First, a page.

PyPy, the just-in-time optimizing compiler for
Python, has officially been updated to 5.1 release, proving to have even faster startup and optimization times for your code.
CPython, the default packaged Python interpreter written in
C, is also getting some good optimizations also. They aren’t likely to be anywhere near as dramatic as the PyPy package is getting, but they’ll satisfy a set of use cases.
PyPy 5.0 update was released earlier this year, it featured an even faster startup time for the interpreter. This was actually a major issue for PyPy at first. One issue was with smaller scripts taking longer to run on PyPy while they ran immediately on
CPython. This happened because PyPy compiles the script in the first place which is obliterating the performance.
The newest version of PyPy improves even further on its predecessors. According to the bench mark report published by the PyPy Team, the benchmarks are now 90 percent faster than the pre-5.0 release.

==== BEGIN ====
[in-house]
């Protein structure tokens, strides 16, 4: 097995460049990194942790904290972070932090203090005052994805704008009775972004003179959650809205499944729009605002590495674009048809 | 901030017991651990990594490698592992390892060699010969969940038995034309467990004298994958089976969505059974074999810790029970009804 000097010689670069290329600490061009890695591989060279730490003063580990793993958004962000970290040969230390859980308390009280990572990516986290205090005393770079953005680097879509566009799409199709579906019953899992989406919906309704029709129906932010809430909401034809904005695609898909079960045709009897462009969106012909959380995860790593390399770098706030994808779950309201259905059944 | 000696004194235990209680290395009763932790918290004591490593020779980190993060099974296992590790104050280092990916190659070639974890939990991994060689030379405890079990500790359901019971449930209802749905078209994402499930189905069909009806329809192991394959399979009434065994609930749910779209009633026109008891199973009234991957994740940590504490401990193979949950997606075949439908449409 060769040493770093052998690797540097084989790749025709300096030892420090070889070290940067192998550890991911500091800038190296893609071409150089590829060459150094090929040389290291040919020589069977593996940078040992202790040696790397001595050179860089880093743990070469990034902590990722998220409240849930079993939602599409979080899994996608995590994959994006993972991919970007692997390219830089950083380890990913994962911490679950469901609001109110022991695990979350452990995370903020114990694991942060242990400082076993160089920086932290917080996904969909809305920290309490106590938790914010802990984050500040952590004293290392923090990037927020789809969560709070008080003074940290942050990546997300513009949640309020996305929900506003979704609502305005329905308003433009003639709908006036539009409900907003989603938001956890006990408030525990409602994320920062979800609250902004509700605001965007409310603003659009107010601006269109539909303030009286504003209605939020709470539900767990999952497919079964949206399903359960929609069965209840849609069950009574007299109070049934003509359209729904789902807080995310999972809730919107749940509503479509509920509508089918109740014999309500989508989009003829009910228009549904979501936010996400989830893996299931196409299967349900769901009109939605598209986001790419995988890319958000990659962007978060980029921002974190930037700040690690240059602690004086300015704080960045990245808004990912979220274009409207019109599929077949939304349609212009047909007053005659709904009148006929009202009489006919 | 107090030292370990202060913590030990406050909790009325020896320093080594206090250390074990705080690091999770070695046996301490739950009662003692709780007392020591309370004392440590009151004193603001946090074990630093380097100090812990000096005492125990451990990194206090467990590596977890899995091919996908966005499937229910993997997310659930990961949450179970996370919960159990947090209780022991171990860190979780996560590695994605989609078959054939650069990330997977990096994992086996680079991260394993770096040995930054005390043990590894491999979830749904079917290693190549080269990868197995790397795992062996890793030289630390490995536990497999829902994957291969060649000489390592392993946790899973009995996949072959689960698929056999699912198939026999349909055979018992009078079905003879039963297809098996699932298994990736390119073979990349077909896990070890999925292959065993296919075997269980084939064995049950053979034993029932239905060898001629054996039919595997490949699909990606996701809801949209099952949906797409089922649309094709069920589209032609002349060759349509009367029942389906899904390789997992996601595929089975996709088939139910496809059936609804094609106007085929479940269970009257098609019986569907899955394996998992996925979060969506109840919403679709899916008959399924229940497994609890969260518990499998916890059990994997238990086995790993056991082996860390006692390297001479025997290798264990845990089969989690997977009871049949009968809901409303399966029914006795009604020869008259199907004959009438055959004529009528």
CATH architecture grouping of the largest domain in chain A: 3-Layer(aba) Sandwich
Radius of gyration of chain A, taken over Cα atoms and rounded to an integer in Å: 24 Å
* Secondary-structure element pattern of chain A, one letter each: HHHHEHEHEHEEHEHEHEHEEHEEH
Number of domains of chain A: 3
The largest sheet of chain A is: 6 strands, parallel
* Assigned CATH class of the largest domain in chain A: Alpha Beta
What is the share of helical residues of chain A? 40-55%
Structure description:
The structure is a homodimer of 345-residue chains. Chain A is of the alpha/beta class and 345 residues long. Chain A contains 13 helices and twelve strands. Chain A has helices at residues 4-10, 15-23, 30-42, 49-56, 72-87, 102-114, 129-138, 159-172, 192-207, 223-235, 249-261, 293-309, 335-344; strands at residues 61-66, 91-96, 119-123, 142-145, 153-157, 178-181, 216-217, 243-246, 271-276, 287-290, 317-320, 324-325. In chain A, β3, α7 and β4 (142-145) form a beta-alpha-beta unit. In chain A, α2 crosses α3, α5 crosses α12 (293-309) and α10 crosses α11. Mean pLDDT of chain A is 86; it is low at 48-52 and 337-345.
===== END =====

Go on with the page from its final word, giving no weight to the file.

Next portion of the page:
The PyPy Team writes:
We have more optimizations in the pipeline. With an idea how to transfer some of the JIT gains into more of a total program runtime by jitting earlier and more eagerly.
PyPy supports a wide variety CPU architecture from 32 and 64-bit, 32-bit ARM, and PowerPC 64-bit. of The newest version of PyPy has also added a backend assembler support for IBM z/Architecture machines running Linux.
By contrast, PyPy’s speed improvements comes at the cost of having universal compatibility with all platforms. It has issues with some Python applications that use the CPython’s
C API, and
C extensions are required to be recompiled for use with PyPy.